I find that amazing, and this is happening right now, in front of our eyes.
Some improvements to geohash.org were made. Some of them were
motivated by a conversation with Rodrigo Stulzer.
- Support for geocoding addresses (city names, whatever). E.g. http://geohash.org/?q=21 Millbank, London
- Support for moving the Geohash marker in the embedded map, so that modifying the position visually is easier.
- Support for providing a “name” to Geohashes, by appending a colon and the name, in a nice format. E.g. http://geohash.org/c216ne:Mt_Hood
- Provided a bookmark to get a Geohash while in Google Maps.
- Provided a Google Maps Mapplet. When enabled, it adds a Geohash marker identifying the Geohash position in Google Maps, and it may be moved around. Here is a screenshot:
Check out the Tips & Tricks page for details on these features.
After about one year writing this service in my spare time, it’s finally out.
geohash.org offers short URLs which encode a latitude/longitude pair, so that referencing them in emails, forums, and websites is more convenient.
Geohashes offer properties like arbitrary precision, similar prefixes for nearby positions, and the possibility of gradually removing characters from the end of the code to reduce its size (and gradually lose precision). I’ve put the algorithm created in the public domain. Some details may be seen in the Wikipedia article about it (hopefully that’ll help establishing prior art, and prevent Microsoft from patenting it).
To obtain the Geohash, the user provides latitude and longitude coordinates in a single input box (most commonly used formats for latitude and longitude pairs are accepted), and performs the request.
Besides showing the latitude and longitude corresponding to the given Geohash, users who navigate to a Geohash at geohash.org are also presented with an embedded map, and may download a GPX file, or transfer the waypoint directly to certain GPS receivers. Links are also provided to external sites that may provide further details around the specified location.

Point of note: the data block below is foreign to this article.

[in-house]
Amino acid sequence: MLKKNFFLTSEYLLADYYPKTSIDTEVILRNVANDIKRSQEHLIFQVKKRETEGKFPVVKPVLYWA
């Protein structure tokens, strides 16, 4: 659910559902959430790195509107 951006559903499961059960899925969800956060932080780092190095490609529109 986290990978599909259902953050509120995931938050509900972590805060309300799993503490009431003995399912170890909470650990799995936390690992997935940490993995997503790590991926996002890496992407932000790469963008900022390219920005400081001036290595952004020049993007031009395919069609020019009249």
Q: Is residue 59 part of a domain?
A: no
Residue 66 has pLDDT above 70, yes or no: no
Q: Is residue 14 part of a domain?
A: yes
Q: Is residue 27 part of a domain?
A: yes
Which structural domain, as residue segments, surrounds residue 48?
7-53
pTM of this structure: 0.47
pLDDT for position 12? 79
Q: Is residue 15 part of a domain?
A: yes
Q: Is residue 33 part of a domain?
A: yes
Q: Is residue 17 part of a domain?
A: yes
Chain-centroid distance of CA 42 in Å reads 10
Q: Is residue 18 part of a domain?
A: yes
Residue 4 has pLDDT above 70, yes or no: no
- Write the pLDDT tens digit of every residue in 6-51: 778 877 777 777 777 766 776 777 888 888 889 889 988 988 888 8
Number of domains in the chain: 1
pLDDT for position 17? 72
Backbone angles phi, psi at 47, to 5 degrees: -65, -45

My brother Diogo is in town! Good to see him after so much time.
PyCon 2007 was fantastic. It was great to meet everyone there, and we had two awesome sprinting weeks around it.
I’ve recently visited a confluence with a good friend of mine. Kayaks, paddling, walking, driving, swimming, aslphalt, sand, water, grass.. it was awesome.
It looks like Bazaar tags are now really coming, so I’m doing some work on svn2bzr again. Hopefully this time I’ll really migrate some projects over.
Version 1.9 of editmoin was released.
Some work in Smart is coming in the upcoming weeks.
Hopefully I’ll be able to speak more openly about (some of the) interesting things I’ve been working on in the near future.
Continuing my put-those-bits-out-of-your-hard-drive campaign, I’ve released a patched version of GPSBabel with support for input and output of waypoints, tracks and routes in the binary file format of GPS TrackMaker.
The patch was written six months ago (sorry ). I just had to port it over to a recent version of GPSBabel.
The original reason for the patch is that there is quite a good amount of information under that format for Brazil, and GPSBabel is able to deliver information directly to some brands of GPS devices. Hopefully this will get applied upstream soon.